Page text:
Dar finds a city "Aruk" with a ziggurat (a model, but not a bad one) and the road is lined with dead people long before the same was seen in Meereen in Game of Thrones.  Rip Torn is here sacrificing children but Dar saves one with his eagle.  An effective scene, it would have been better if the eagle had saved the child and tore out Rip Torn's eyes or something, but we still have an hour to go.  Plus Dar returns the child, so I guess the eagle was busy.  Pretty solid good vs evil lines are being drawn here. 

John Amos shows up as Seth.  He appears to be some sort of Monk.  This is one of the roles he took after Good Times.  I always like John Amos, he should have been a much bigger star than he was.  

The undead guards are kind of cool too. Even little Kodo got to be a hero in the end. 

This was much better and more fun than I recall, to be honest.  Nice to have this kind of surprise really

Gaming Content

Lots really.

Ring of Scrying. This ring has an eye set into it like a gem.  Any spellcaster that can scry (Magic-users, witches) can see through this ring using a scrying medium such a pool, mirror, or crystal ball.  Witches will give these to servants and cowans so they can literally keep an eye on them. Damage to the ring though will damage the witch viewing through it.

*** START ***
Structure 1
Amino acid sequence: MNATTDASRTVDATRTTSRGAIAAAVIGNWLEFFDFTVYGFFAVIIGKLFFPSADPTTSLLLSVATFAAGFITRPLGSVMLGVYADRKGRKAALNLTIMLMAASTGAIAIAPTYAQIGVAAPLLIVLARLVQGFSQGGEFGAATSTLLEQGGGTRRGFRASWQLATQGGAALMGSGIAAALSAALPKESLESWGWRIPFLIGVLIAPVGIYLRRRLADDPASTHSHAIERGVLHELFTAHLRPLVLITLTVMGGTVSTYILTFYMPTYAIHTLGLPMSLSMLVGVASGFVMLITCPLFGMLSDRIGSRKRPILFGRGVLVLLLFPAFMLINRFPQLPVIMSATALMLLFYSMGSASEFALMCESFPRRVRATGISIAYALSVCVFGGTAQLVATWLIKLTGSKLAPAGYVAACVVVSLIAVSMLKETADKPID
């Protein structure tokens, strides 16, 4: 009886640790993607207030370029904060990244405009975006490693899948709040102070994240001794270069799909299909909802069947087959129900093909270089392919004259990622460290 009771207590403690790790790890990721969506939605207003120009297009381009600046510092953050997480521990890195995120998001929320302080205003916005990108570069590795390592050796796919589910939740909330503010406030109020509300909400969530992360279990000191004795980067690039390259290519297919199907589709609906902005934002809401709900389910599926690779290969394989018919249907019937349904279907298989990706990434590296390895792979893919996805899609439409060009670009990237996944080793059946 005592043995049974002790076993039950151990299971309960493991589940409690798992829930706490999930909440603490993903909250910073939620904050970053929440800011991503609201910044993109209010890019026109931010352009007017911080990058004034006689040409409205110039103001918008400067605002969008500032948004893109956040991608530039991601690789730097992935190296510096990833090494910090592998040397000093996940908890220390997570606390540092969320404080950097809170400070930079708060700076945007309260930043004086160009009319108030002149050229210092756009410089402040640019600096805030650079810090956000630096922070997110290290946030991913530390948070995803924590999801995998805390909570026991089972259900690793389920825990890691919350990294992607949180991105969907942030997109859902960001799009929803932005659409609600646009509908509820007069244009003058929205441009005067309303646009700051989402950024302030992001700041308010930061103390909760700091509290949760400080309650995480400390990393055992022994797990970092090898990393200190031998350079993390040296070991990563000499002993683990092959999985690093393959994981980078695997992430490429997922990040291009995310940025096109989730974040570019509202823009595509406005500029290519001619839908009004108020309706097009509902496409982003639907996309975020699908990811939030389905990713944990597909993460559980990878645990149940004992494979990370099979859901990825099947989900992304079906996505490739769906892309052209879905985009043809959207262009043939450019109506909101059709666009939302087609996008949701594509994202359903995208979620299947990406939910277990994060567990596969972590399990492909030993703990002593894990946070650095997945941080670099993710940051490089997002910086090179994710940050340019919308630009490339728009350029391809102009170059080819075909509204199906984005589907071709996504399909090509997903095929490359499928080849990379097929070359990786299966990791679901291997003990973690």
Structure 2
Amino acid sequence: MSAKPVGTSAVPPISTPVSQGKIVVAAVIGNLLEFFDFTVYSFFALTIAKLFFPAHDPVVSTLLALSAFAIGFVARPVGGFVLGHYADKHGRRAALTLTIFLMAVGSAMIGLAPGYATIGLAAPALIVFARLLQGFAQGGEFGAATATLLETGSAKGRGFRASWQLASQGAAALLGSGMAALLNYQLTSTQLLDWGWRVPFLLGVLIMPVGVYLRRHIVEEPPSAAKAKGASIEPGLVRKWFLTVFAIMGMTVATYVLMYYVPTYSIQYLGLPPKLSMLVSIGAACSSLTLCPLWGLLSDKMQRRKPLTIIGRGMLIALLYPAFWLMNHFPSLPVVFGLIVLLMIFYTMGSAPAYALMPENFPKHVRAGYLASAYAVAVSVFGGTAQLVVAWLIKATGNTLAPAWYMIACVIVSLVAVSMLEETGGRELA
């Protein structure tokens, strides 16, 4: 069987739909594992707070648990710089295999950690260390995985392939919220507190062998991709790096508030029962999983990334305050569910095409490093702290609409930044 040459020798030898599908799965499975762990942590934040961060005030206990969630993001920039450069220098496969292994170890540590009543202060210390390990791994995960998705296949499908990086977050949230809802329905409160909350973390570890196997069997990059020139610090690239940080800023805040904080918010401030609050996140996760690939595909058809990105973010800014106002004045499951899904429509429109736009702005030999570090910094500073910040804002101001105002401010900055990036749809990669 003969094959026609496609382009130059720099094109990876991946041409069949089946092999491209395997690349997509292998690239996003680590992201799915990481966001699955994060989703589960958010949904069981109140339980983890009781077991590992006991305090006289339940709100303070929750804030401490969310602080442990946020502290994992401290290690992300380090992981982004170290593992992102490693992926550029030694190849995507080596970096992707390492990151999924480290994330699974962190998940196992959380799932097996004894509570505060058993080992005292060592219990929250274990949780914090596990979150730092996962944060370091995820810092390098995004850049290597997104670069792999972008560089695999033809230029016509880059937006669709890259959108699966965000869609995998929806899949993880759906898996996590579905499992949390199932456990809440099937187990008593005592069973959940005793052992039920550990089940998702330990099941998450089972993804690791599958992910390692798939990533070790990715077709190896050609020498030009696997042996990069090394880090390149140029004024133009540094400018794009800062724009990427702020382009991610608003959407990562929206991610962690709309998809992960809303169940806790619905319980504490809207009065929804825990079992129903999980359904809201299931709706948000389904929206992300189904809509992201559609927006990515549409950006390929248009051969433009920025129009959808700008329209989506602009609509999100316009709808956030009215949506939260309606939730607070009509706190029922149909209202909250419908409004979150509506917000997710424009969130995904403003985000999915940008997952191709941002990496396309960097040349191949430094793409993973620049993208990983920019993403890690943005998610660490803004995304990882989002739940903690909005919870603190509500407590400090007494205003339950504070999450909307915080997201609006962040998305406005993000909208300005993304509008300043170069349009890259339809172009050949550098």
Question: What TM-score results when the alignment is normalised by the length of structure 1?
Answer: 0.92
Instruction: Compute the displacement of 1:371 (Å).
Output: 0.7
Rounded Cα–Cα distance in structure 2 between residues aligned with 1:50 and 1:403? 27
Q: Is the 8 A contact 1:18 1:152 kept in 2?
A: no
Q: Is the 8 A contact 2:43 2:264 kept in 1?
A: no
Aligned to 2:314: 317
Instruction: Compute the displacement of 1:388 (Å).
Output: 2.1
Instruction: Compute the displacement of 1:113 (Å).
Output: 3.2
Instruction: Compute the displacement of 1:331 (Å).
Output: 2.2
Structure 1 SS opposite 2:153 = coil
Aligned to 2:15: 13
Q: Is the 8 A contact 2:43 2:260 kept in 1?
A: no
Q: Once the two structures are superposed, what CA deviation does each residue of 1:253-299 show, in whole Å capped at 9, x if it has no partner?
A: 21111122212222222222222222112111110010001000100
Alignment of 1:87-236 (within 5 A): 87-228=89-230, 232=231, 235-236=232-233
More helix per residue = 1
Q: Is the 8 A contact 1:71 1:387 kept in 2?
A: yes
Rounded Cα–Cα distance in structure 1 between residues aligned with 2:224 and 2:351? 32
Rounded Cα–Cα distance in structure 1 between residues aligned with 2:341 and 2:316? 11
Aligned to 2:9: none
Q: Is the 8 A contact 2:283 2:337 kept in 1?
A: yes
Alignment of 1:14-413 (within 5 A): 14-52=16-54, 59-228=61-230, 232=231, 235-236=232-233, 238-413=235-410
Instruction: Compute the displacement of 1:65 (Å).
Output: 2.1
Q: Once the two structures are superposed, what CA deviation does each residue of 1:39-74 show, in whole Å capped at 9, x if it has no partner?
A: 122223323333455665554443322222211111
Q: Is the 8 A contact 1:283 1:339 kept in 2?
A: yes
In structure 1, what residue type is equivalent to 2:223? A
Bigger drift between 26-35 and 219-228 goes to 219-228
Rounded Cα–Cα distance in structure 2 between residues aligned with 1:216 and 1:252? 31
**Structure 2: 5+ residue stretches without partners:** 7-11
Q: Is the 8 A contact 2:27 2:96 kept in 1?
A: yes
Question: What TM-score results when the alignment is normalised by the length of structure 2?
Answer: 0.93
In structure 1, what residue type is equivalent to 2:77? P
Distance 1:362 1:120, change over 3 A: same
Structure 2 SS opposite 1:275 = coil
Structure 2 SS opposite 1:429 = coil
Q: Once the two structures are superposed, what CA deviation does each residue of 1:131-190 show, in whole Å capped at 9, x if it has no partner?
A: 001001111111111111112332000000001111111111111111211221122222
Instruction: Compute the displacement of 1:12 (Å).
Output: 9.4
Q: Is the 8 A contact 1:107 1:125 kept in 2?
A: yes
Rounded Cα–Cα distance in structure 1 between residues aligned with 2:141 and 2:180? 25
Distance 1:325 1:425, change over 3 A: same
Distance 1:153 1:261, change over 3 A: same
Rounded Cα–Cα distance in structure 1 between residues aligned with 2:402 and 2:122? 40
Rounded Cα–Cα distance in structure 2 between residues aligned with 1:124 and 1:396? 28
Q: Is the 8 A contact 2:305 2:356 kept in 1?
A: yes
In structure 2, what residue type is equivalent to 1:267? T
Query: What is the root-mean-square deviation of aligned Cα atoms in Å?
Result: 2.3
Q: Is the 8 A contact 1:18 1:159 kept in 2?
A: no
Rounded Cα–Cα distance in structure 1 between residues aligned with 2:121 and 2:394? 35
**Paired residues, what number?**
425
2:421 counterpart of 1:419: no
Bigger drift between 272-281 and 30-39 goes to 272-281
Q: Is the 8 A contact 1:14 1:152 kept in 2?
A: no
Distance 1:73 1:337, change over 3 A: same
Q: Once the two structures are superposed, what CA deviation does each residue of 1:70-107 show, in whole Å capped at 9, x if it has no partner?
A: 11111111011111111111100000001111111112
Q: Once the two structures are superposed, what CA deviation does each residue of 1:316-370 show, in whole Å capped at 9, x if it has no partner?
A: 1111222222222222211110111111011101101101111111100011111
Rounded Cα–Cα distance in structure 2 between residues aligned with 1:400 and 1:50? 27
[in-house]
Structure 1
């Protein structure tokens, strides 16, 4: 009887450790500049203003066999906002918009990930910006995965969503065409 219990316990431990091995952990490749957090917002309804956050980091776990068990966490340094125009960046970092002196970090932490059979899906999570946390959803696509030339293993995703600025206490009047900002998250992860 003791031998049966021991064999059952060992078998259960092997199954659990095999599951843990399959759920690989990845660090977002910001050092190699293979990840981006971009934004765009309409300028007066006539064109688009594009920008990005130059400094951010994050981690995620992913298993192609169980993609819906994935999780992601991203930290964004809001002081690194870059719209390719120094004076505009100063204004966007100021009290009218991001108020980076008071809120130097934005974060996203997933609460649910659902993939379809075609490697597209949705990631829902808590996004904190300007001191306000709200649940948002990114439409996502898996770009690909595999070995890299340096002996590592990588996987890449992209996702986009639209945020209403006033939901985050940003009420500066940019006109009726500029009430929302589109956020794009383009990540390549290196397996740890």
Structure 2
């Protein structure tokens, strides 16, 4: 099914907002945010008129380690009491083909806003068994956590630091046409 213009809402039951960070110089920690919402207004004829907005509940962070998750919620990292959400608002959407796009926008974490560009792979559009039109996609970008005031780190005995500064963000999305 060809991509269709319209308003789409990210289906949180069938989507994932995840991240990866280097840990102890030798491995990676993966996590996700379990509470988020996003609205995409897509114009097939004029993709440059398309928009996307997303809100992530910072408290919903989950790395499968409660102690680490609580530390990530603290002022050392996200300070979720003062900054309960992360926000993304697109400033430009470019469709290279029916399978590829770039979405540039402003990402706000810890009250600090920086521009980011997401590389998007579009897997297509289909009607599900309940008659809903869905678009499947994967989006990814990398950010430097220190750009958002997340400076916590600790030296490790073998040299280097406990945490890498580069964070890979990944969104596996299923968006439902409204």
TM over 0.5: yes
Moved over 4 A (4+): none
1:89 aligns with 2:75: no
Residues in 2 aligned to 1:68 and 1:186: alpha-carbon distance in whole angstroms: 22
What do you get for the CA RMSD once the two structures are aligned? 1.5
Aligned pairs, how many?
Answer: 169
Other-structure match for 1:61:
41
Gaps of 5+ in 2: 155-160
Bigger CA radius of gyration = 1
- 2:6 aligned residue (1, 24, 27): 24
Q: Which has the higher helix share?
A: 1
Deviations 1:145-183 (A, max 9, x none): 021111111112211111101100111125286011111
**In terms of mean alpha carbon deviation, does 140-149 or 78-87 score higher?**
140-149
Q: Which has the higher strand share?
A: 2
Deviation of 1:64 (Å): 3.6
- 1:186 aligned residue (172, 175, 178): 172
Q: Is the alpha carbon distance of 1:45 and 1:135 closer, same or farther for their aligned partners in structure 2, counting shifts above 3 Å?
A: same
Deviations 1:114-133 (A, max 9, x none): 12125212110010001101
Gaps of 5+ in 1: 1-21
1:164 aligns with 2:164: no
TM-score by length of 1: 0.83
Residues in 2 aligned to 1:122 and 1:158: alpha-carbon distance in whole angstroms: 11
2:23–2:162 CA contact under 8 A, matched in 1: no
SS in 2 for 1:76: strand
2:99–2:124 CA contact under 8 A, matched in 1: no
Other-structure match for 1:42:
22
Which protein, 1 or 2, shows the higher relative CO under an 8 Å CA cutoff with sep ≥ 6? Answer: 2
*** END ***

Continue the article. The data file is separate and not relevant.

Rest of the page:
Beastmaster classes. I covered these a while back in a Class Struggles.

Saturday, April 3, 2021

Sword & Sorcery & Cinema: Dragonslayer (1981)

Dragonslayer (1981)
Since April is Monster Month here I thought it might be fun to check some monster-themed Sword & Sorcery & Cinema movies.  Up first is a classic and premiered at the height of the 80s fantasy craze. Here is 1981's Dragonslayer from both Paramount and Disney.

We are introduced to one of the most famous dragons outside of Westeros or Erebor, Vermithrax Pejorative.  Though he is mentioned among the dragons in Game of Throne's first season.